I can’t believe I haven’t shared my recipe for
The Sushi Chef’s Noodles
Seriously, this is one of my son’s absolute favorite dishes in the world.
What is it?
It’s the noodles we get when we go to “sushi.” Which to the rest of the world is usually called “Japanese steakhouse,” but in my family goes by the name sushi.
Why do we call it sushi? As the story goes, I love sushi. Love it. Love it. There’s only one problem. As a restaurant experience, waiting for a platter of artfully arranged raw fish takes time, especially in the quantities in which I like to order it. Sadly, the amount of time it takes to make the sushi far outweighs the patience of a typical one, two, three, or four year old.
Enter Japanese steakhouse and the fire, the onion volcano, the banging on the stove with wooden sticks, etc. All of that is more than enough excitement to keep a little one entertained for as long as his father needs to wait (un)patiently for his sushi.
Even better, my son will actually eat the food at the Japanese steakhouse, including the noodles, which he loves so much we always have to order extra. Here then, is the recipe for those noodles.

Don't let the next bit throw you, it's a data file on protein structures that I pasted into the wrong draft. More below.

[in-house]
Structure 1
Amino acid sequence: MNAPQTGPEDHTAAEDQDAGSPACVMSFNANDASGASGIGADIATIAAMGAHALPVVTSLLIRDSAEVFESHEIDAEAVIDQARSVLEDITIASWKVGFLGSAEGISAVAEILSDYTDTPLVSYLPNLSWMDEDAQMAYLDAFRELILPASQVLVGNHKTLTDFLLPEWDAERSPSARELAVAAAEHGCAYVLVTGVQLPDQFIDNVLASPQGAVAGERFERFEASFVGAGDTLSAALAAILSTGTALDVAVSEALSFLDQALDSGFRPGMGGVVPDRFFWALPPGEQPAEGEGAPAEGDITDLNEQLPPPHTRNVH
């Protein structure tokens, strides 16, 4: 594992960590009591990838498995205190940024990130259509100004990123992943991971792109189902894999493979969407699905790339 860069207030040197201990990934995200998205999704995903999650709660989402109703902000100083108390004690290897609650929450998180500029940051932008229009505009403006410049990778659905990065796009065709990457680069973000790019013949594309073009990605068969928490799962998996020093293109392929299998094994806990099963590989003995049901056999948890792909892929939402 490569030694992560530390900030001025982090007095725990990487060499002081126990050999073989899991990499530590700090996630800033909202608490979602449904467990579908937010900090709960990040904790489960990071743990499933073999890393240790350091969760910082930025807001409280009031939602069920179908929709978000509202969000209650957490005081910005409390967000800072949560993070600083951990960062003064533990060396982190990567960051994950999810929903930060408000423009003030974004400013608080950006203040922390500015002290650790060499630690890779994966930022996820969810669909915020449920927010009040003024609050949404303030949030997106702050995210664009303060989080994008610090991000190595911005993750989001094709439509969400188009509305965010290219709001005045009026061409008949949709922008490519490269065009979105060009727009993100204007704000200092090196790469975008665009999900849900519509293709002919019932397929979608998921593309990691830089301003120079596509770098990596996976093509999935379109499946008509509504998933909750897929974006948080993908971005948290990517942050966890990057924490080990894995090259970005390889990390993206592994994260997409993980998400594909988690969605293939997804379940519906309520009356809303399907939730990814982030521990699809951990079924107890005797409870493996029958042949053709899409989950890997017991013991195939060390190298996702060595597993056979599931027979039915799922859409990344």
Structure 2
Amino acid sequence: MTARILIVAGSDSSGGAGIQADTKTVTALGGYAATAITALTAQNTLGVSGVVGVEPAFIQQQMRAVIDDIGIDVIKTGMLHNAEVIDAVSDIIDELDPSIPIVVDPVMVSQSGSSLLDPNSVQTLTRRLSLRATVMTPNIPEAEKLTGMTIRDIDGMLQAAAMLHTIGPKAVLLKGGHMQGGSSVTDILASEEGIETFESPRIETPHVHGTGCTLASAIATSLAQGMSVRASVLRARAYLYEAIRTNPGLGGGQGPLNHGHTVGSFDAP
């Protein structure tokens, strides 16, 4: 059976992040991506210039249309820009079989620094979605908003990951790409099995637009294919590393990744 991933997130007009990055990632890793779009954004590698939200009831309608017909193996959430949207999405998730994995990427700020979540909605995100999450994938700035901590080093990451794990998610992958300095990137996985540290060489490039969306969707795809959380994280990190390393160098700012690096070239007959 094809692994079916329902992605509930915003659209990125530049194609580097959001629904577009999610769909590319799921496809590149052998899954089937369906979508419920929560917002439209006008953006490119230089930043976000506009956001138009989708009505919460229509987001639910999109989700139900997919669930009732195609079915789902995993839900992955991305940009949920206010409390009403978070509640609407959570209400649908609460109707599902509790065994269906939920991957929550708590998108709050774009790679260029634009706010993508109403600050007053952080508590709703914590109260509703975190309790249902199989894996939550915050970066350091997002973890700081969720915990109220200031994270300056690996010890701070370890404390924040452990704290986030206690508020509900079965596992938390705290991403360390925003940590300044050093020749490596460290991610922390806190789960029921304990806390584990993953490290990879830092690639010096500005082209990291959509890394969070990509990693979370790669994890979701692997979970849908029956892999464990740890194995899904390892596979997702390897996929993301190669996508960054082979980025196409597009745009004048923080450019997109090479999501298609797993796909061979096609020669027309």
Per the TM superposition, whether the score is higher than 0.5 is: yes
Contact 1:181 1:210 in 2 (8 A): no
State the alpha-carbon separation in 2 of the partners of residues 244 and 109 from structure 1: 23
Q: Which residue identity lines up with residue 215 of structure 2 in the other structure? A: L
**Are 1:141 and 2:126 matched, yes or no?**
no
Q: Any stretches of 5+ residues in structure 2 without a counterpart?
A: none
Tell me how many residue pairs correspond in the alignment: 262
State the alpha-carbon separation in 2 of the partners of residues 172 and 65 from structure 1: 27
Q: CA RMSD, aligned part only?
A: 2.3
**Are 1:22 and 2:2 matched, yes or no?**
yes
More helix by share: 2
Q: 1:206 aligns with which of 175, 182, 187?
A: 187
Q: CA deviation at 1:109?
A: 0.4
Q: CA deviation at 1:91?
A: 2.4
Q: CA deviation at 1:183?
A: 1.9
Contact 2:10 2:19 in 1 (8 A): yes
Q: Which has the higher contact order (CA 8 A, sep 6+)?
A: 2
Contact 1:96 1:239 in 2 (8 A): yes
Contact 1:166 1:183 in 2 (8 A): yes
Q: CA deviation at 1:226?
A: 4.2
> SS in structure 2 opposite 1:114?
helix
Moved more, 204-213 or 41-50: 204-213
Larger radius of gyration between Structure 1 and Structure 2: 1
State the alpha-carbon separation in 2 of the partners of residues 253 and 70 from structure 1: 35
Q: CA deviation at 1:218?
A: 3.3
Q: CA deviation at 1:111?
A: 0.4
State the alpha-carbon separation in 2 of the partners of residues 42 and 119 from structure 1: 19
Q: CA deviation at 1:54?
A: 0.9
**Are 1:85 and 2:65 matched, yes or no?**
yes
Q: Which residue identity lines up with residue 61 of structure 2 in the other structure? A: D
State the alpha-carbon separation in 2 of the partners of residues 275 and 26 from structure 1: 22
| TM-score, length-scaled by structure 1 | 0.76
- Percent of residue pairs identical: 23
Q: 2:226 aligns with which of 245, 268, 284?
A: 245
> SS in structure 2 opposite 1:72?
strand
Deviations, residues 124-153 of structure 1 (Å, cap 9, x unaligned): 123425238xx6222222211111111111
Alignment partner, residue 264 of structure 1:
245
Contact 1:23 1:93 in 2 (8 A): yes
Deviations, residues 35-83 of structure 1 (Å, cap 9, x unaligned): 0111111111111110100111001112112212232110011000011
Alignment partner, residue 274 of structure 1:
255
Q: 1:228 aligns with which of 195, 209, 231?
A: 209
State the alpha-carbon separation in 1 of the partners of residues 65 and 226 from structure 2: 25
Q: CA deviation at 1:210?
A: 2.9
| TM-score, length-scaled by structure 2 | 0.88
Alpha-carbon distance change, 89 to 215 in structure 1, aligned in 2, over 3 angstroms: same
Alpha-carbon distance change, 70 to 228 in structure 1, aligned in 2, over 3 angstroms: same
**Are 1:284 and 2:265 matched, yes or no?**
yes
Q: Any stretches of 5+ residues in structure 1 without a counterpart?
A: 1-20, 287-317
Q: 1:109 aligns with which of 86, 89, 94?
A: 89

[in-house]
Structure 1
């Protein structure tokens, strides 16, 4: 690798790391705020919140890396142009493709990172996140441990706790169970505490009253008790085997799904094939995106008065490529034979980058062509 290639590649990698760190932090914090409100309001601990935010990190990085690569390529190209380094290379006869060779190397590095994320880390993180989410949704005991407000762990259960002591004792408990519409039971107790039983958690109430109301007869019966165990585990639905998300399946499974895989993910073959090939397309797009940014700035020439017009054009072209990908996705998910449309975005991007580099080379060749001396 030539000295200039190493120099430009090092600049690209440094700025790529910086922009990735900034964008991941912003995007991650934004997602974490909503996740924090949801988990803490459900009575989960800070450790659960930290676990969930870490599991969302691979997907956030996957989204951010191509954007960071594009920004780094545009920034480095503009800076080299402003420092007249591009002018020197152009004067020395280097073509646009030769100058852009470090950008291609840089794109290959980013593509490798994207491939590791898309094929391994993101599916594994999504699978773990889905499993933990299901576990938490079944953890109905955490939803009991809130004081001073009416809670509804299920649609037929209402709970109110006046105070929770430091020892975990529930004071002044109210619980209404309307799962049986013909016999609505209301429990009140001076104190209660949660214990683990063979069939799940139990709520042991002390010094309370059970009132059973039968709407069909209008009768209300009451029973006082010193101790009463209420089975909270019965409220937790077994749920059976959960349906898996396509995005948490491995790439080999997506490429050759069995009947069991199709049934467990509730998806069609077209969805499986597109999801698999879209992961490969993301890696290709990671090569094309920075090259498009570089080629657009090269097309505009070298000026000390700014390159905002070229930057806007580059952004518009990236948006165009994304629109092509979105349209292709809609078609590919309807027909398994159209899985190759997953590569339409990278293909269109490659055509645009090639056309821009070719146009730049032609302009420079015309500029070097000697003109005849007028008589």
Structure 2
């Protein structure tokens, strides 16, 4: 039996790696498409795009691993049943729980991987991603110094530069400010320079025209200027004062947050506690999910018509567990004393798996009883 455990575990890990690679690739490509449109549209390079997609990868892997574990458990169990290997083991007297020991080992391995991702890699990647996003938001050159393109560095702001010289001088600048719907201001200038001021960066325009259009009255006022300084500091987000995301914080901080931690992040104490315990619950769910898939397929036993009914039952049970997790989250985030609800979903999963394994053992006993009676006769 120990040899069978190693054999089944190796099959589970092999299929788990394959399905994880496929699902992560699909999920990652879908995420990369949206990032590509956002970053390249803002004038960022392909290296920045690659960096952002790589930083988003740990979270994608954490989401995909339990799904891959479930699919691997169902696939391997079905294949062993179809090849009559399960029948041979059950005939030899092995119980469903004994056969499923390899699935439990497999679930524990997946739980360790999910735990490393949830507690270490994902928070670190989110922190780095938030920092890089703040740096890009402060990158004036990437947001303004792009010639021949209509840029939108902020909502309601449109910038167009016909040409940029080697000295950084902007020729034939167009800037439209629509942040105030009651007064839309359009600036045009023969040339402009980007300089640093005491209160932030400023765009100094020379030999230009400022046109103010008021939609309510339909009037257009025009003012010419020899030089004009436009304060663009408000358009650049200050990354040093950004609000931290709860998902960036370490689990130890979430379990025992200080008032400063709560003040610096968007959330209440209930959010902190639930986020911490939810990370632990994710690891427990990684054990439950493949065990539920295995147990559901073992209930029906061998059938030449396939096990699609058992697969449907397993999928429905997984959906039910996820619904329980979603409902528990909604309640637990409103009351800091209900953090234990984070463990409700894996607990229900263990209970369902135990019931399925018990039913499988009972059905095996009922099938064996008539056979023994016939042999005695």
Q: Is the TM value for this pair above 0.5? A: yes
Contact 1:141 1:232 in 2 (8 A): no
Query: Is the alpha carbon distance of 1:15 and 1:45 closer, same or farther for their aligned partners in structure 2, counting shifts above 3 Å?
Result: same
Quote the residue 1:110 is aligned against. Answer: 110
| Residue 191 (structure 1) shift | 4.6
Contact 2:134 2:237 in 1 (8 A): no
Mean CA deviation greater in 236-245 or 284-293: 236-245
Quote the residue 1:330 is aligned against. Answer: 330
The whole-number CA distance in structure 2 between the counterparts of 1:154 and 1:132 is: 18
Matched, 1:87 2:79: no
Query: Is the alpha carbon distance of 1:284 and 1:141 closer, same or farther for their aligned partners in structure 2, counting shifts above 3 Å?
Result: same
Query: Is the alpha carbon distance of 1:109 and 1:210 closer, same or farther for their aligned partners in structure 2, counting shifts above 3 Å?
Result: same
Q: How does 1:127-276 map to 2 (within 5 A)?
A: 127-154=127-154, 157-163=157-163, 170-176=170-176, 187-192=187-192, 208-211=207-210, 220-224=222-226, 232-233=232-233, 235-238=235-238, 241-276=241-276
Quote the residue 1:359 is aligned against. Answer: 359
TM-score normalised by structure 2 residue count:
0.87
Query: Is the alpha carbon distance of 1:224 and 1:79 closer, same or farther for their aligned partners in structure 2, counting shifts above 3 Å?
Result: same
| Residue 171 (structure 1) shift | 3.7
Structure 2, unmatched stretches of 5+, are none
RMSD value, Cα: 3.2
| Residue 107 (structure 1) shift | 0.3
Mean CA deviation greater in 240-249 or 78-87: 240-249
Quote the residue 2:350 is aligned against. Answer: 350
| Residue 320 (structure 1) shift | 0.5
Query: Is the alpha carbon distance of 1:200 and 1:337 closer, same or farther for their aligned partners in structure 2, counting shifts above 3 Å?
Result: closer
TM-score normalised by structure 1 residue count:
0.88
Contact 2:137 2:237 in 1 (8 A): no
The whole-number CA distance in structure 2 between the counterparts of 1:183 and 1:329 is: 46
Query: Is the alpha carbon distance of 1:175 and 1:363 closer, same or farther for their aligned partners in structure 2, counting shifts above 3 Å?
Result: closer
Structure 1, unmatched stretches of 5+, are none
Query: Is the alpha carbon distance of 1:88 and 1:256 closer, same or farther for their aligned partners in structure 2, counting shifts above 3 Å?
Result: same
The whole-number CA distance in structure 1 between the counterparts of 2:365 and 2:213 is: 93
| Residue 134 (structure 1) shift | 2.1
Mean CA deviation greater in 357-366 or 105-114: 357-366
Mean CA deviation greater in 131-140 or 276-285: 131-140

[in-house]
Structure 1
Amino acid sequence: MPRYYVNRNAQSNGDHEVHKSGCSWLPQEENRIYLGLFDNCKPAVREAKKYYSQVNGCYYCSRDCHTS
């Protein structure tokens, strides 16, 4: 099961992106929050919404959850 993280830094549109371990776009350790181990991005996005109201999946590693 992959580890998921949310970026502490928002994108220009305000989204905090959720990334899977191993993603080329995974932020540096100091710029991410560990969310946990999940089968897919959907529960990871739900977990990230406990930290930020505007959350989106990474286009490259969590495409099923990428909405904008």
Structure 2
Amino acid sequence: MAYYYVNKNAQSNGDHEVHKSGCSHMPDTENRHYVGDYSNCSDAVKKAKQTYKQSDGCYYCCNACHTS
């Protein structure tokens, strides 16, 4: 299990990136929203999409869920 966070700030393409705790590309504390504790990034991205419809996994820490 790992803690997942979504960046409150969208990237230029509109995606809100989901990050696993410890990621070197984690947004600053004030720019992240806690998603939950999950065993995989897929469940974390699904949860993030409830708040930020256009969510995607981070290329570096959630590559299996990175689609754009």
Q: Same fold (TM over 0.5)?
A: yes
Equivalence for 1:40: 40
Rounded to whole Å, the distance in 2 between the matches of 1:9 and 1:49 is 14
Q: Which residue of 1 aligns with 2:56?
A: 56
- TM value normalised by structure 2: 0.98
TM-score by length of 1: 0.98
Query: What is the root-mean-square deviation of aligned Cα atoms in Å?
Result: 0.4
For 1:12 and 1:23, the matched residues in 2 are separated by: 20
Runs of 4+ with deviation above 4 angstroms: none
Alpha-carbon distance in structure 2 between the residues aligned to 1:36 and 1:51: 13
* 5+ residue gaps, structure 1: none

Japanese Steakhouse Noodles
These noodles are simple. You can use anything you have, including spaghetti. The basic technique is the same. However, if you can find them, look for “Cantonese” noodles. They look kind of like spaghetti (same thickness and color, but they taste slightly different.)
You will need:
- 12 oz Cantonese noodles
- 1 tablespoon butter
- 2 cloves garlic, minced
- 1 tablespoon oil
- Soy sauce
Boil the Cantonese noodles in salted water until just al dente. Remove from the water and dump them in an ice bath to stop their cooking. Drain and set aside.
Mix the garlic and the butter together to make garlic butter.
In a skillet, add the oil and get it hot. Then put the now dry noodles on the oil. Put the butter under the noodles and wait until it is melted.
Pour the soy sauce over the noodles, sprinkle with pepper and stir until the noodles are warm.
Note: These recipe is slightly hardcore. It is every step I can find to make perfectly restaurant-quality Japanese steakhouse noodles. If you have neither the time nor the inclination to cook the noodles, then shock them, then recook, don’t. If you want, just boil, drain, put them back in a pot with the oil and butter. Then add the garlic, pepper, and soy sauce and you’re done.